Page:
Professor T

Professor T (UK)

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Emma

Emma

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Guilt

Guilt

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Line of Separation Key Art.

Line of Separation

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WICKED in Concert

WICKED in Concert

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a large damn with graffiti of a woman with a hammer on it, mountains in the background

Earth Focus Presents

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SoCal Update

SoCal Update

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Southland Sessions

Southland Sessions

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Us

Us

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The Latino Experience

The Latino Experience

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Key Art of "Summer of Rockets" featuring Keeley Hawes and Toby Stephens.

Summer of Rockets

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Artbound

Artbound

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Death in Paradise Series 10

Death in Paradise

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KCET Must See Movies

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Independent Lens

Independent Lens

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Tending Nature

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Earth Focus

Earth Focus

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City Rising

City Rising

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Lost LA

Lost LA

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Robert Petersen

Robert Petersen is the creator of the Hidden History of Los Angeles podcast (www.hiddenhistoryla.com). Robert was born and raised in Pasadena and received a BA in history from UC Berkeley and a law degree from UCLA. He is currently a Deputy Attorney General for the State of California.

An African American man holds a record while leaning on a music booth.
Article
Lost LA

Before Motown: L.A.'s Black-Owned Soul Music Empire

During the 1950s and 1960s, Los Angeles had its own Motown records — Dootone Records. The label's owner, Dootsie Williams, was a trailblazing Black music executive and entrepreneur who not only left an impact on the music industry, but also in his community.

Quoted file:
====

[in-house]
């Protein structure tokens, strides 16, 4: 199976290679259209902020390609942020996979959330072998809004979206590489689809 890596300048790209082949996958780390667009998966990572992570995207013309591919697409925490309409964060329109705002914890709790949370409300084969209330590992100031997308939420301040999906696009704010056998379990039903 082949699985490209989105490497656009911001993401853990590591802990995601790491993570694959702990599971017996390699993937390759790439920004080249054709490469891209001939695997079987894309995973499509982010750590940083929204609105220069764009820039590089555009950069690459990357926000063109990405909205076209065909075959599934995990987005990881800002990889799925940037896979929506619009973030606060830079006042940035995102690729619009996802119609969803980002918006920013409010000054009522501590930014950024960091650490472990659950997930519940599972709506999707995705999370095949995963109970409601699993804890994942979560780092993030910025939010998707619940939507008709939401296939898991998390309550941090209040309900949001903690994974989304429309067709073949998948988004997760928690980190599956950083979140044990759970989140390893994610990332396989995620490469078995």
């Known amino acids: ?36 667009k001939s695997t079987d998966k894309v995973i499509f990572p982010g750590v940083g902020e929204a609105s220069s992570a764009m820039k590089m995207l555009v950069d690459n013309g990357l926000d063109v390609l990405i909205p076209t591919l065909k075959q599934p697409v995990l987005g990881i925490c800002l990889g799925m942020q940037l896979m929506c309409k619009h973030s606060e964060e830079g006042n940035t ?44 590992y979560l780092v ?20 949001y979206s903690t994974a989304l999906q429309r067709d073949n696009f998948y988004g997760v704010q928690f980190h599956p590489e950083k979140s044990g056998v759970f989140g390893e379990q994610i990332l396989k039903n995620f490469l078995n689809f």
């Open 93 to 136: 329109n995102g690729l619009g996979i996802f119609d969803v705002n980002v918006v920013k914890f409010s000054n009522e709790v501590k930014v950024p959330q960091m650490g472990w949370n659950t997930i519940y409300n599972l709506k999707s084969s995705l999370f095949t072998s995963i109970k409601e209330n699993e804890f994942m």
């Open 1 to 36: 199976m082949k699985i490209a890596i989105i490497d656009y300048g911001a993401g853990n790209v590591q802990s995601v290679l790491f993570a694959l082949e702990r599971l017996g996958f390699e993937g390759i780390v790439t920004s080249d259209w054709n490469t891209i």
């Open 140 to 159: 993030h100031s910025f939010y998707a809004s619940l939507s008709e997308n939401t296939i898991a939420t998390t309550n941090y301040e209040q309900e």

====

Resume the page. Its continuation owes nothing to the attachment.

1932 Olympics
Article
Lost LA

How Public Transit Helped the 1932 Olympics Move Around Los Angeles

Streetcars, interurban trolleys, and a fleet of buses transported athletes and spectators around Los Angeles during the 1932 Summer Olympics.
Occidental students Mike Malouf, Bill Knudson, and Barack Obama, circa 1980. Courtesy of Occidental College Archives.
Article
Lost LA

Obama in L.A.: The 44th President’s Two Years as an Angeleno

As an undergraduate at Occidental College, Barack Obama lived in the Los Angeles area from 1979-81.
Pico Heights on an 1894 birdseye city view
Article
Lost LA

How a Neighborhood Disappears: The Life and Death of Pico Heights

During the 1970s, the name Pico Heights was erased from maps and today the name is all but forgotten.
Portrait of the Los Angeles Police team, posing with rifles, 1890
Article
Lost LA

Shootout at Temple & Main: The LAPD’s Violent Beginnings

The first LAPD officer killed in the line of duty was shot by a fellow officer over a reward for recovering a runaway Chinese prostitute.
United States Courthouse in downtown Los Angeles
Article
Lost LA

Los Angeles’ 1850s Slave Market Is Now the Site of a Federal Courthouse

Though California was technically a "free state" in the 1850s, its laws blessed a system that amounted to slavery for Native people.
Irwindale mining
Article
Lost LA

Irwindale: Mining the Building Blocks of Los Angeles

Much of the raw material for L.A.'s freeways and concrete structures comes from Irwindale, where rock, sand, and gravel mining has long dominated the local economy.
Mural of Queen Calafia and her Amazons in the Room of the Dons at the Mark Hopkins Hotel, San Francisco, California.
Article
Departures

California, Calafia, Khalif: The Origin of the Name "California"

California, which has spawned so many of its own myths, has its origin in myth. The Spanish explorers were looking for an "island dream" when they gave California its name.
Tiburcio_top.jpg
Article
Departures

The Hunt for Tiburcio Vasquez: A Chase Through a Californio's L.A.

Tiburcio Vasquez portrayed himself as the defender of the Californios following the American takeover of California, though he was tried as a criminal and eventually hung. The last chase of Vasquez throughout L.A. reveals a landscape in transition from...
Article
Departures

Clifford Clinton: The Man and His Cafeteria Shaped Food and Politics in L.A.

Clifford Clinton, best known as the founder of Clifton's Cafeteria, was not only a colorful restaurateur, but also a political reformer, mayoral candidate, and the founder of Meals for Millions.
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